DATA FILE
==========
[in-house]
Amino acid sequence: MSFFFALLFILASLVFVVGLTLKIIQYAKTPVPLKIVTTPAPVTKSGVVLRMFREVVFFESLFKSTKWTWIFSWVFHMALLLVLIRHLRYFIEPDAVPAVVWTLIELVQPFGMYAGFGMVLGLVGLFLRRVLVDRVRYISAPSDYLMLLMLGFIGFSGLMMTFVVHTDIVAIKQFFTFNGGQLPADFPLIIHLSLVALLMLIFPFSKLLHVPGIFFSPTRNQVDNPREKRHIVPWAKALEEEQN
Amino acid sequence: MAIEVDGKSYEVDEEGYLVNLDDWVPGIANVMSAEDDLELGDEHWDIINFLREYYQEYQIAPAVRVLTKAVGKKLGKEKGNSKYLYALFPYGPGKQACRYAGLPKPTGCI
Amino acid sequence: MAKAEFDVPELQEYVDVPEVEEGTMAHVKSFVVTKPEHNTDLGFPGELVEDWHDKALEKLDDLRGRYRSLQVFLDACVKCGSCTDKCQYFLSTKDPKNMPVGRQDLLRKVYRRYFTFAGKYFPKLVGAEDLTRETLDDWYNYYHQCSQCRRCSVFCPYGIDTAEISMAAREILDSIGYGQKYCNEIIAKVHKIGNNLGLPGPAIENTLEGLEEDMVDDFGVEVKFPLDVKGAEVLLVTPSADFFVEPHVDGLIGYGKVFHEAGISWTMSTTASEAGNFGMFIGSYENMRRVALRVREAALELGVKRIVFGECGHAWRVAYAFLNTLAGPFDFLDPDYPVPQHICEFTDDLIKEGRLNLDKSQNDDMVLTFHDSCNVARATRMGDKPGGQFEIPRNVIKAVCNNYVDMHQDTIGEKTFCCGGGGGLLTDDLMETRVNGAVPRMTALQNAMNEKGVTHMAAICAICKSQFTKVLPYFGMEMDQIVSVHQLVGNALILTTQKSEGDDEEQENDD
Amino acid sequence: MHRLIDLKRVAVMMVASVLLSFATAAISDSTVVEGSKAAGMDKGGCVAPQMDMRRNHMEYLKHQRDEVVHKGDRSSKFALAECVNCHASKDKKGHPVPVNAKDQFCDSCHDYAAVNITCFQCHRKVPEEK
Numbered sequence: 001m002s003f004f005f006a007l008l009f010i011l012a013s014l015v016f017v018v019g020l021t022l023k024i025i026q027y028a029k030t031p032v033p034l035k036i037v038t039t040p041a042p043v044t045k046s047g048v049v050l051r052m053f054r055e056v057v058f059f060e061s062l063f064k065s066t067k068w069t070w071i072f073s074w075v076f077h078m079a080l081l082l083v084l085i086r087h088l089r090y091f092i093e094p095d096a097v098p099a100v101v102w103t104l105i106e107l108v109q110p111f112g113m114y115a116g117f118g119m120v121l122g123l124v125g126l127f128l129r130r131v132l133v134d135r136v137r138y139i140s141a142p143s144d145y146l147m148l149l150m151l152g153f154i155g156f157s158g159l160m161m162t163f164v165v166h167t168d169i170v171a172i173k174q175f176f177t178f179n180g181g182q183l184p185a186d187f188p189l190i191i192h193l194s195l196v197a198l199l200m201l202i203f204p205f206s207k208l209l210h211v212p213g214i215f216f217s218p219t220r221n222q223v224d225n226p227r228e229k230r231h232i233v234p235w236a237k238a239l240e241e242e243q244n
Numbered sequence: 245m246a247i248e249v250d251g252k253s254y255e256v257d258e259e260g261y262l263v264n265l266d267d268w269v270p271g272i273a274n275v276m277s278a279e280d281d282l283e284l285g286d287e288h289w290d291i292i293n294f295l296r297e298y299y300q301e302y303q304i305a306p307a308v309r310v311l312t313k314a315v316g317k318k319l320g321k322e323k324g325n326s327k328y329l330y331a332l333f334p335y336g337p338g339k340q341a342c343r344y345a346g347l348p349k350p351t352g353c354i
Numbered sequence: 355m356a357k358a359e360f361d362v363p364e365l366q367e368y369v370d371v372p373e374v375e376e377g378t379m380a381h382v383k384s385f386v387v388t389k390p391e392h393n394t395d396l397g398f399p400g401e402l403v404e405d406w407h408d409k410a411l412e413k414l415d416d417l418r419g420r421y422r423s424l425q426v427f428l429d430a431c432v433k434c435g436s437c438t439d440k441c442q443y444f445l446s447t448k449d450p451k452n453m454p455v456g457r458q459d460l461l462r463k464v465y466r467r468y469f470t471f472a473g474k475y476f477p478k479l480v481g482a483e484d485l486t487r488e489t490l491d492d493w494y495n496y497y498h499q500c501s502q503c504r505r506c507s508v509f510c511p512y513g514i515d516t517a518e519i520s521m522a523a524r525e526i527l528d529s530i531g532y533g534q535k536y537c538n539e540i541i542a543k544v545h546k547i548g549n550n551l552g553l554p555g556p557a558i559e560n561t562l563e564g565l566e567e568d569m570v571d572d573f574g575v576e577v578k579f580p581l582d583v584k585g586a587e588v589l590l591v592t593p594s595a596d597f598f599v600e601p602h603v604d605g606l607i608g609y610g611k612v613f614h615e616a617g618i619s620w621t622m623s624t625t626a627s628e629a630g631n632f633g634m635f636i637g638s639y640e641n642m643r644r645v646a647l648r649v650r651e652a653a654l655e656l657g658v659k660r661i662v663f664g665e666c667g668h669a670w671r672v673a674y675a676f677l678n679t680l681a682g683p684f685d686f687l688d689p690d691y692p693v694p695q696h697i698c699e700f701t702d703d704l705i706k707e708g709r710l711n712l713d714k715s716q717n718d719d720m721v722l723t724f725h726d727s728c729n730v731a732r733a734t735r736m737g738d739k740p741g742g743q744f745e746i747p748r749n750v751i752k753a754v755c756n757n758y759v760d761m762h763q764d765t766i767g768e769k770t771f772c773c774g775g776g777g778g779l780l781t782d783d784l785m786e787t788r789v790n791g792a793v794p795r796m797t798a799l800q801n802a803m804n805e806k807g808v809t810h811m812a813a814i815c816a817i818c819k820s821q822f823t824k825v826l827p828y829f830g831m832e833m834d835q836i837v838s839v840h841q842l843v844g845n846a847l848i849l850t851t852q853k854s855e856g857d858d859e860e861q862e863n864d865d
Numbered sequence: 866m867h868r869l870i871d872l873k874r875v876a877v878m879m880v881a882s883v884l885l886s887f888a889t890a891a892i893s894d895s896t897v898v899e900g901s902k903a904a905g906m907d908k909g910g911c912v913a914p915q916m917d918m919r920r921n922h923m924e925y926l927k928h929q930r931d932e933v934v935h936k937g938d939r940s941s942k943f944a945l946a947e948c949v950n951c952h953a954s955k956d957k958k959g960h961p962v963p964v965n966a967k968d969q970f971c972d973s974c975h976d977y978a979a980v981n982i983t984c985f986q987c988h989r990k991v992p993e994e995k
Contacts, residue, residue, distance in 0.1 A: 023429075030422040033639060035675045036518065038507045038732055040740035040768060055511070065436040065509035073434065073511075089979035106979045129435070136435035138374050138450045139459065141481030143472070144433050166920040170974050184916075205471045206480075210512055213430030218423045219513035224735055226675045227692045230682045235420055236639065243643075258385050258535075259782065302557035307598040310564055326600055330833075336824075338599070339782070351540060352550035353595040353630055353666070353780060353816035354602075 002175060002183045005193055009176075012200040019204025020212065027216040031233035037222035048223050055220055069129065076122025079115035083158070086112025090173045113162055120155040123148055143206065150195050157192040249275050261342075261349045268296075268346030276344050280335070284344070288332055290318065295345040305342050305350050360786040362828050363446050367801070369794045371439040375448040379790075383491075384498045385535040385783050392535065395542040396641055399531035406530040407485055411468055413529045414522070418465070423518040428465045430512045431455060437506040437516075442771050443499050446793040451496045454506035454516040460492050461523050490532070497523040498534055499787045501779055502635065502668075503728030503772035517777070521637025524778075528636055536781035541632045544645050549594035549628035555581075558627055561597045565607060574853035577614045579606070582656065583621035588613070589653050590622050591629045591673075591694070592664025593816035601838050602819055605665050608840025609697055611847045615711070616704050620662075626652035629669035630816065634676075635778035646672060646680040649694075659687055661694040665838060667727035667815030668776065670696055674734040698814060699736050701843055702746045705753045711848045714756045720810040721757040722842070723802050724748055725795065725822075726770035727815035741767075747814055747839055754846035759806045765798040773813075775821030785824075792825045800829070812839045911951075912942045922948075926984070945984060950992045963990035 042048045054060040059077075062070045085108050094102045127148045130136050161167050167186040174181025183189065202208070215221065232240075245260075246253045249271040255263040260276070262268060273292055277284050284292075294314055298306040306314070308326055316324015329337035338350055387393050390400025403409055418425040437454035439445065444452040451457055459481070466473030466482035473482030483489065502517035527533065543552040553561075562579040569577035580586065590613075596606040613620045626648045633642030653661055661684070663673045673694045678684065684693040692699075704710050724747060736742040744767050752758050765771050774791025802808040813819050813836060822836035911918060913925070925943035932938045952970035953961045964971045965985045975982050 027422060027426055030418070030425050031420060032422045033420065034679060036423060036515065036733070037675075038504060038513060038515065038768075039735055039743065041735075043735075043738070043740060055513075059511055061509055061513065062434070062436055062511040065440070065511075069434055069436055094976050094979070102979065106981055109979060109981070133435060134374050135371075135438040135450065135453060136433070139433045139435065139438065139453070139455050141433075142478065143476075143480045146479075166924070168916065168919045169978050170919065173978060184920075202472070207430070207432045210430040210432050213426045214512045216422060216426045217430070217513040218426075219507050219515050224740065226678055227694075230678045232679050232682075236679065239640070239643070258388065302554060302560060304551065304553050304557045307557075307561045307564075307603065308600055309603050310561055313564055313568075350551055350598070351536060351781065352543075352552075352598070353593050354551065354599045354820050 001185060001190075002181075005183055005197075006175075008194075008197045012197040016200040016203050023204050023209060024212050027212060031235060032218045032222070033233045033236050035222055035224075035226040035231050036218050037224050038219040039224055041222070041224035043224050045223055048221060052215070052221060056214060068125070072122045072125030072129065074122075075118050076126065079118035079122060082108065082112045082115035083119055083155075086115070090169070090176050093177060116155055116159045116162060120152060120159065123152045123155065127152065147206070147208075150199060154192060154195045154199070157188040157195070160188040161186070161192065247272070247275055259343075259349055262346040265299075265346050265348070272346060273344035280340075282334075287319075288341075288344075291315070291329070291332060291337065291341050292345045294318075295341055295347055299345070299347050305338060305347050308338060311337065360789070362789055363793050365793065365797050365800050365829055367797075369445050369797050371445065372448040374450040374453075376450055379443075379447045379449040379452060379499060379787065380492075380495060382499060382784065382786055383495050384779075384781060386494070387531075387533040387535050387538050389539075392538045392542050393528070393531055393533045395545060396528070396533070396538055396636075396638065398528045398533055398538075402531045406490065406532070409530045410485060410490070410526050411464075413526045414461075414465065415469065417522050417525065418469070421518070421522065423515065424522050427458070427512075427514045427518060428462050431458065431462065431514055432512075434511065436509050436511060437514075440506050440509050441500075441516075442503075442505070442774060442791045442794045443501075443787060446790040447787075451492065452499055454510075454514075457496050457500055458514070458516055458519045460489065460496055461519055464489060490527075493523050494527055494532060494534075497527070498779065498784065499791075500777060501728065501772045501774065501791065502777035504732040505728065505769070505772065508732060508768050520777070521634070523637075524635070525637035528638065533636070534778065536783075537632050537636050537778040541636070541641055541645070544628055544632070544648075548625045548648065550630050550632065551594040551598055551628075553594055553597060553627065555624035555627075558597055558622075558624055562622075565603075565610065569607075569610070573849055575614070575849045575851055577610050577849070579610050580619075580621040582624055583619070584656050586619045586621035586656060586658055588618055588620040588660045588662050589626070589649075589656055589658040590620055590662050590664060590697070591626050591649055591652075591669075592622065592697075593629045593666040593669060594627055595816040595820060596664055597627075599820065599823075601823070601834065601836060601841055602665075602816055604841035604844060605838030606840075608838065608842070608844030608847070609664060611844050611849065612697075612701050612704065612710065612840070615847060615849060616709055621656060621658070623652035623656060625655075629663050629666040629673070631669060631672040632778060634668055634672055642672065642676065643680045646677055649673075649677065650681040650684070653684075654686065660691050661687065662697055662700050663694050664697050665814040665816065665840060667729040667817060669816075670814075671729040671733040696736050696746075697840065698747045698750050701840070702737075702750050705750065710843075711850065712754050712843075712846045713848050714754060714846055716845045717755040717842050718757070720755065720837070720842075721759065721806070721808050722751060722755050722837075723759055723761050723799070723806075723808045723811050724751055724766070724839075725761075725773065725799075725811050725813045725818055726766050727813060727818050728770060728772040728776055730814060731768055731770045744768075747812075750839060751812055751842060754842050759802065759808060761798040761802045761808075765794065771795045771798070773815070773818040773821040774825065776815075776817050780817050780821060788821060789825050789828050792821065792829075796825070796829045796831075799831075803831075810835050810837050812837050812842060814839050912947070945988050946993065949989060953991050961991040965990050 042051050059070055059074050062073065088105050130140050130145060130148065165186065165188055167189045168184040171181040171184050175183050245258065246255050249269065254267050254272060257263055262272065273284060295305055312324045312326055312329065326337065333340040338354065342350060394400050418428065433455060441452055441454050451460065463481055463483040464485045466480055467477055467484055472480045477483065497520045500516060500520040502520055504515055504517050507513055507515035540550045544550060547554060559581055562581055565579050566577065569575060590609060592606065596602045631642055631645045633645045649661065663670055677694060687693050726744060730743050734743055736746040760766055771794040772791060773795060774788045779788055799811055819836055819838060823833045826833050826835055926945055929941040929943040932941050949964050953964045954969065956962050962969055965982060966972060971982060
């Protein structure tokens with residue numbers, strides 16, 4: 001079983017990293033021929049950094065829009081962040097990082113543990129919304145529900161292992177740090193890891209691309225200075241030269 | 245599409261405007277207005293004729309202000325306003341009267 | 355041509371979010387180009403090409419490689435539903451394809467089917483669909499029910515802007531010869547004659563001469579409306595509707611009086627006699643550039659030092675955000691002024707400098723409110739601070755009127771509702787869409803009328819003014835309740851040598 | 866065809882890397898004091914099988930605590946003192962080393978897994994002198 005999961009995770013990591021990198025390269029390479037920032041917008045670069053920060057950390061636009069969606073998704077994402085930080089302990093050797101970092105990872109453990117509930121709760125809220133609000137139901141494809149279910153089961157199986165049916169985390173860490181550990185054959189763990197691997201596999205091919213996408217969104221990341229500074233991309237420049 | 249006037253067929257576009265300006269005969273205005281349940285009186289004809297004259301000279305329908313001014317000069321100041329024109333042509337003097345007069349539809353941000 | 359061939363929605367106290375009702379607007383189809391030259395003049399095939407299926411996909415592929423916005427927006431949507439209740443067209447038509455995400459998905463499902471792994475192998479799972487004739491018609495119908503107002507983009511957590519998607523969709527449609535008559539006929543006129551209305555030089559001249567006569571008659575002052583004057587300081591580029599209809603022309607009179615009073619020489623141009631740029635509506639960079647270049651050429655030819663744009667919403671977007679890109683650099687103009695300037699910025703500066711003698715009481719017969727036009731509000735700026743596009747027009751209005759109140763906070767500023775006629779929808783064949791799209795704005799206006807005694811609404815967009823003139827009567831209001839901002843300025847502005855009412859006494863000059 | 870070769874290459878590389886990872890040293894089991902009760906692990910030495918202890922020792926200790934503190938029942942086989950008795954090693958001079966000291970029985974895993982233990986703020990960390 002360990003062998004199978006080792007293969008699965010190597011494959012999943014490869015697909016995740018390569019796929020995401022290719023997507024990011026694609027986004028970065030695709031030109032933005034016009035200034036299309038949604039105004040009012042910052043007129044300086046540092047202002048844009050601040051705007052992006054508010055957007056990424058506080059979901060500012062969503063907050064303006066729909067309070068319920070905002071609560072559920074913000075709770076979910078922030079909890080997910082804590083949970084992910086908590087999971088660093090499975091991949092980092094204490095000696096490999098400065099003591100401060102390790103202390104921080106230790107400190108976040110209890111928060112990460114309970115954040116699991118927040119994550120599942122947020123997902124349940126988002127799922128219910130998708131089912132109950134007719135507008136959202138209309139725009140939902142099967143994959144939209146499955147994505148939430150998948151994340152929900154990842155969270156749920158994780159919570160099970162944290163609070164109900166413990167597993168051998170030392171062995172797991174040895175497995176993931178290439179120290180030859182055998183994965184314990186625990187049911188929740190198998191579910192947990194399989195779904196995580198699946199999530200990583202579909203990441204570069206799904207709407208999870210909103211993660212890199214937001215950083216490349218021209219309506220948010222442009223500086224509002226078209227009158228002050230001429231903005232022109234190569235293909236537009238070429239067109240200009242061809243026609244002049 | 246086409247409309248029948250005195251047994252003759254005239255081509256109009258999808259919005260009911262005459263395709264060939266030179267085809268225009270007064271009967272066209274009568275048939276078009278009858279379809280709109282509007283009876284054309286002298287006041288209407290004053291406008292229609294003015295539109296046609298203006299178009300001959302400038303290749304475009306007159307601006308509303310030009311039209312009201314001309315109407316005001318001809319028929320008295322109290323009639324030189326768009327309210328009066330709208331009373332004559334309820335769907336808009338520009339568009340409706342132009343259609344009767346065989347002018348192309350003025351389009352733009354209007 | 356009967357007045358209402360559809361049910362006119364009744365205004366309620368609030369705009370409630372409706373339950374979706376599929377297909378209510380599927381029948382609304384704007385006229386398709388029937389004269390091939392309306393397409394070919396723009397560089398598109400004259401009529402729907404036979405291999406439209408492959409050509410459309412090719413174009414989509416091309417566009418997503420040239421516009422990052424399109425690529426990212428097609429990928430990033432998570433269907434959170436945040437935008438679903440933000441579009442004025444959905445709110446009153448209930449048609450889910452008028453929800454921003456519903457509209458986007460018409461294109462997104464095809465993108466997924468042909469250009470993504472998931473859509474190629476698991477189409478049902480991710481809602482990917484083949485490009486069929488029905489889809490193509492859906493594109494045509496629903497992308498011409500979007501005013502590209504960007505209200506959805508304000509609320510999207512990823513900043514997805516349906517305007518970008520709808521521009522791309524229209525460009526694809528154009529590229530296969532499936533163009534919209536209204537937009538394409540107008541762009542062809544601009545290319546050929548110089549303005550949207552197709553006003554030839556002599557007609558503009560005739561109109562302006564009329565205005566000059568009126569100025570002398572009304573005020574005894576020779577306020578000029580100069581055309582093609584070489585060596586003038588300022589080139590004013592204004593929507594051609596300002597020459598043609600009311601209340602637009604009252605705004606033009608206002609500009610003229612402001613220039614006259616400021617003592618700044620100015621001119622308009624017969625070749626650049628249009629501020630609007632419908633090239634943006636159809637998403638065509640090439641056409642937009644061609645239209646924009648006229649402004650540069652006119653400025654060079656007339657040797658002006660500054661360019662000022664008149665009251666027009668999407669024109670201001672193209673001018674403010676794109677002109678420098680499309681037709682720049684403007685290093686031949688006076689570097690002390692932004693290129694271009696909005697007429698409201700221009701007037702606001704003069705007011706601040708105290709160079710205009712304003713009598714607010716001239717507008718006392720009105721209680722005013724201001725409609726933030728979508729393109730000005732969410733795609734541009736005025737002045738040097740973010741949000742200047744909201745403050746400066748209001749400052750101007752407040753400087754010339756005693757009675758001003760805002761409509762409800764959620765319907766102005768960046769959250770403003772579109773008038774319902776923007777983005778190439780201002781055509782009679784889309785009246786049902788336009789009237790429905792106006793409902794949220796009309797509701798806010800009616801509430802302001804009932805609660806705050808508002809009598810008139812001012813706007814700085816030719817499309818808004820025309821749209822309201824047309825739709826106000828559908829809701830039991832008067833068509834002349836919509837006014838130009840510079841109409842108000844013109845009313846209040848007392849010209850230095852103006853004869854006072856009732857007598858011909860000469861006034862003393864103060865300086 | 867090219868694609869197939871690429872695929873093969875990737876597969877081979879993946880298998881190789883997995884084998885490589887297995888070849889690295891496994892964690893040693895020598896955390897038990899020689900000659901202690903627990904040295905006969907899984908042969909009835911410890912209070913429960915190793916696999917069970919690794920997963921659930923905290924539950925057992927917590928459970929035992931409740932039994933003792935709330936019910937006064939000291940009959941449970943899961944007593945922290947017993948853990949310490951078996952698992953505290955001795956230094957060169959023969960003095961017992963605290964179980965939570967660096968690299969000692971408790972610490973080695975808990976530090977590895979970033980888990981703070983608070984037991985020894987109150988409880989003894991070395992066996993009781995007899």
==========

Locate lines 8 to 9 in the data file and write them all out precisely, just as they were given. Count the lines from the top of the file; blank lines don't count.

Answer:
Numbered sequence: 355m356a357k358a359e360f361d362v363p364e365l366q367e368y369v370d371v372p373e374v375e376e377g378t379m380a381h382v383k384s385f386v387v388t389k390p391e392h393n394t395d396l397g398f399p400g401e402l403v404e405d406w407h408d409k410a411l412e413k414l415d416d417l418r419g420r421y422r423s424l425q426v427f428l429d430a431c432v433k434c435g436s437c438t439d440k441c442q443y444f445l446s447t448k449d450p451k452n453m454p455v456g457r458q459d460l461l462r463k464v465y466r467r468y469f470t471f472a473g474k475y476f477p478k479l480v481g482a483e484d485l486t487r488e489t490l491d492d493w494y495n496y497y498h499q500c501s502q503c504r505r506c507s508v509f510c511p512y513g514i515d516t517a518e519i520s521m522a523a524r525e526i527l528d529s530i531g532y533g534q535k536y537c538n539e540i541i542a543k544v545h546k547i548g549n550n551l552g553l554p555g556p557a558i559e560n561t562l563e564g565l566e567e568d569m570v571d572d573f574g575v576e577v578k579f580p581l582d583v584k585g586a587e588v589l590l591v592t593p594s595a596d597f598f599v600e601p602h603v604d605g606l607i608g609y610g611k612v613f614h615e616a617g618i619s620w621t622m623s624t625t626a627s628e629a630g631n632f633g634m635f636i637g638s639y640e641n642m643r644r645v646a647l648r649v650r651e652a653a654l655e656l657g658v659k660r661i662v663f664g665e666c667g668h669a670w671r672v673a674y675a676f677l678n679t680l681a682g683p684f685d686f687l688d689p690d691y692p693v694p695q696h697i698c699e700f701t702d703d704l705i706k707e708g709r710l711n712l713d714k715s716q717n718d719d720m721v722l723t724f725h726d727s728c729n730v731a732r733a734t735r736m737g738d739k740p741g742g743q744f745e746i747p748r749n750v751i752k753a754v755c756n757n758y759v760d761m762h763q764d765t766i767g768e769k770t771f772c773c774g775g776g777g778g779l780l781t782d783d784l785m786e787t788r789v790n791g792a793v794p795r796m797t798a799l800q801n802a803m804n805e806k807g808v809t810h811m812a813a814i815c816a817i818c819k820s821q822f823t824k825v826l827p828y829f830g831m832e833m834d835q836i837v838s839v840h841q842l843v844g845n846a847l848i849l850t851t852q853k854s855e856g857d858d859e860e861q862e863n864d865d
Numbered sequence: 866m867h868r869l870i871d872l873k874r875v876a877v878m879m880v881a882s883v884l885l886s887f888a889t890a891a892i893s894d895s896t897v898v899e900g901s902k903a904a905g906m907d908k909g910g911c912v913a914p915q916m917d918m919r920r921n922h923m924e925y926l927k928h929q930r931d932e933v934v935h936k937g938d939r940s941s942k943f944a945l946a947e948c949v950n951c952h953a954s955k956d957k958k959g960h961p962v963p964v965n966a967k968d969q970f971c972d973s974c975h976d977y978a979a980v981n982i983t984c985f986q987c988h989r990k991v992p993e994e995k